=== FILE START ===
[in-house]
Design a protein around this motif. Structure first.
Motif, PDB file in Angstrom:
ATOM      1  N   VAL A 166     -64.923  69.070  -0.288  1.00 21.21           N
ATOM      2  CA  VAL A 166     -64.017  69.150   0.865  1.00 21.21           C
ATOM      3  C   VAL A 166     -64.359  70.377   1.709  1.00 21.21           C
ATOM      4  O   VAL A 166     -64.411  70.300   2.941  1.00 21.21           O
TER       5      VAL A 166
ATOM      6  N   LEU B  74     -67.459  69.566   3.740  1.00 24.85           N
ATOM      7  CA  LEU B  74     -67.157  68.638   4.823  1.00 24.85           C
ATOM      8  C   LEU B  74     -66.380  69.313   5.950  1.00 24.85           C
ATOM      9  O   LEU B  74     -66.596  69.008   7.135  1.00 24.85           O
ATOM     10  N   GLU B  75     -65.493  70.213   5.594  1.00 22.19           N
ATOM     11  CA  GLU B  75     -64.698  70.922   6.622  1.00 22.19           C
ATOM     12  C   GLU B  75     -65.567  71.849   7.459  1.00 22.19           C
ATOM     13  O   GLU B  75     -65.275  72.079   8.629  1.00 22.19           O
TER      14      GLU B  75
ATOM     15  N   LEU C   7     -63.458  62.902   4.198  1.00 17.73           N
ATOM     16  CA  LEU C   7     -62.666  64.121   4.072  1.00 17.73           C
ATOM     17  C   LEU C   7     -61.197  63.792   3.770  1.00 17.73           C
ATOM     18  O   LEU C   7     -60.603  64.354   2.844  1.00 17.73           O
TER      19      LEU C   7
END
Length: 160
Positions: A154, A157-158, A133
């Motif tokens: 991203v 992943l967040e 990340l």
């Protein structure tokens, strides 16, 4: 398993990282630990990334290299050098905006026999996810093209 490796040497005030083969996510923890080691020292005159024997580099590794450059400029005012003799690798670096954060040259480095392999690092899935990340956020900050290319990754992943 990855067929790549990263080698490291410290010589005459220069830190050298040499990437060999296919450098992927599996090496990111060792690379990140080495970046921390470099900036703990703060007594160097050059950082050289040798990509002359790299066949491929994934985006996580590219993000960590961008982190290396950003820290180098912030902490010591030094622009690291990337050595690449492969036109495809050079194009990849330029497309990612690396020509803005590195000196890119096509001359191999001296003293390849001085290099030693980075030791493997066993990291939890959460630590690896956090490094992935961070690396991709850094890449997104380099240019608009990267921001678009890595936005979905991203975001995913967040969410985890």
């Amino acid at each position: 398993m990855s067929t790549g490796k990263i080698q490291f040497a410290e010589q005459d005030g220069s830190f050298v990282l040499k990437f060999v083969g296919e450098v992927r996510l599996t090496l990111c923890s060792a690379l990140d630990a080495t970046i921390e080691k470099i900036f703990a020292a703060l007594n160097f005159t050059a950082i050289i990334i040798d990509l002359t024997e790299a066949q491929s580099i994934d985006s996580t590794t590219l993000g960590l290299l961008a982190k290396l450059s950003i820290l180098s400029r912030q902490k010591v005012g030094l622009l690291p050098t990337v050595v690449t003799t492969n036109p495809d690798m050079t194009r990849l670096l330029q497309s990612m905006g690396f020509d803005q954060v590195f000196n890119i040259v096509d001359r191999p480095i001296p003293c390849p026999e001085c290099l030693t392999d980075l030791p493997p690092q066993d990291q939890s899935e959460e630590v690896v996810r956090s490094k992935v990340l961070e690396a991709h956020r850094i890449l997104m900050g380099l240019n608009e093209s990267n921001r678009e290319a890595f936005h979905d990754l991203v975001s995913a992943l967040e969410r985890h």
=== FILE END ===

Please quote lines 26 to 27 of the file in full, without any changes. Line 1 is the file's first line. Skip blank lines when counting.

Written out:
């Motif tokens: 991203v 992943l967040e 990340l």
């Protein structure tokens, strides 16, 4: 398993990282630990990334290299050098905006026999996810093209 490796040497005030083969996510923890080691020292005159024997580099590794450059400029005012003799690798670096954060040259480095392999690092899935990340956020900050290319990754992943 990855067929790549990263080698490291410290010589005459220069830190050298040499990437060999296919450098992927599996090496990111060792690379990140080495970046921390470099900036703990703060007594160097050059950082050289040798990509002359790299066949491929994934985006996580590219993000960590961008982190290396950003820290180098912030902490010591030094622009690291990337050595690449492969036109495809050079194009990849330029497309990612690396020509803005590195000196890119096509001359191999001296003293390849001085290099030693980075030791493997066993990291939890959460630590690896956090490094992935961070690396991709850094890449997104380099240019608009990267921001678009890595936005979905991203975001995913967040969410985890």